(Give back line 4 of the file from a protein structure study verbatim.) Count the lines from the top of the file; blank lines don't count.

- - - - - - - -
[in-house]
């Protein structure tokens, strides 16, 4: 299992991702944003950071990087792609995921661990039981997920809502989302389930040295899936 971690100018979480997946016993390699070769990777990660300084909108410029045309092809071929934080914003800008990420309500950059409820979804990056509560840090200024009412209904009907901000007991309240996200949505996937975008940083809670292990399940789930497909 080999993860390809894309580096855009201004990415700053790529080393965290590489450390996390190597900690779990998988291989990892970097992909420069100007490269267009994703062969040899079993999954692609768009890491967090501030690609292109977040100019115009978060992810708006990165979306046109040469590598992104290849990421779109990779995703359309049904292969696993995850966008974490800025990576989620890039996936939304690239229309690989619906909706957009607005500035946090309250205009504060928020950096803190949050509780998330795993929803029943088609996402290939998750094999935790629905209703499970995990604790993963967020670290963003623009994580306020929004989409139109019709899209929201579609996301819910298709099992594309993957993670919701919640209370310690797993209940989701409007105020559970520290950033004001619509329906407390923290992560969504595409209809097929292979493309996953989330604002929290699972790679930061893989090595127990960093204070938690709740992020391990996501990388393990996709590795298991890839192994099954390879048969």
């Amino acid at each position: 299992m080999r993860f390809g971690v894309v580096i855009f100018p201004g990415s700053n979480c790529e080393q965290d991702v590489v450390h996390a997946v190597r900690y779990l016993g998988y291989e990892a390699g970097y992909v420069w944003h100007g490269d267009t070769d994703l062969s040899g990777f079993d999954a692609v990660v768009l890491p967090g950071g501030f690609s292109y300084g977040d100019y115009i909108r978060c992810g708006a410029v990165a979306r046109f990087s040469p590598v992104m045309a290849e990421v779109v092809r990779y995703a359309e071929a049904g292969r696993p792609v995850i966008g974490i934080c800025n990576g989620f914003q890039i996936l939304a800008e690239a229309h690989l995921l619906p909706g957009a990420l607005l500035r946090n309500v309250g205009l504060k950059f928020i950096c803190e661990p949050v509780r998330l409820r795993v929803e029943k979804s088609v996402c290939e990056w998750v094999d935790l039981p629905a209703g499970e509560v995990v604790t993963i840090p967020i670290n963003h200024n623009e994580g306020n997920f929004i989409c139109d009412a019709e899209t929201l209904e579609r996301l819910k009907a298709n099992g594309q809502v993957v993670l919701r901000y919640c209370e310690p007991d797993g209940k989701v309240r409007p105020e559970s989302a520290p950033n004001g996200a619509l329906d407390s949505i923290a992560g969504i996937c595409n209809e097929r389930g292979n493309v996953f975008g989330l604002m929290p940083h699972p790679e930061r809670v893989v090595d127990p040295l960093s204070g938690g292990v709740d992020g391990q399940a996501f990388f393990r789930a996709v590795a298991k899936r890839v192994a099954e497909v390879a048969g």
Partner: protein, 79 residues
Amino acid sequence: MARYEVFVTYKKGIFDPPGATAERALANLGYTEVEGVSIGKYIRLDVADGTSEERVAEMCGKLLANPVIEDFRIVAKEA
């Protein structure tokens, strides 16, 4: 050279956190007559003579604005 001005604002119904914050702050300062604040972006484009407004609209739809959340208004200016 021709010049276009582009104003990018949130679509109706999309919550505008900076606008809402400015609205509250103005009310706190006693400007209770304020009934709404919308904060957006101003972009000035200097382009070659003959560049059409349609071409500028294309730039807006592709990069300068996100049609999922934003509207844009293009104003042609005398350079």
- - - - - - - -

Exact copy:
Partner: protein, 79 residues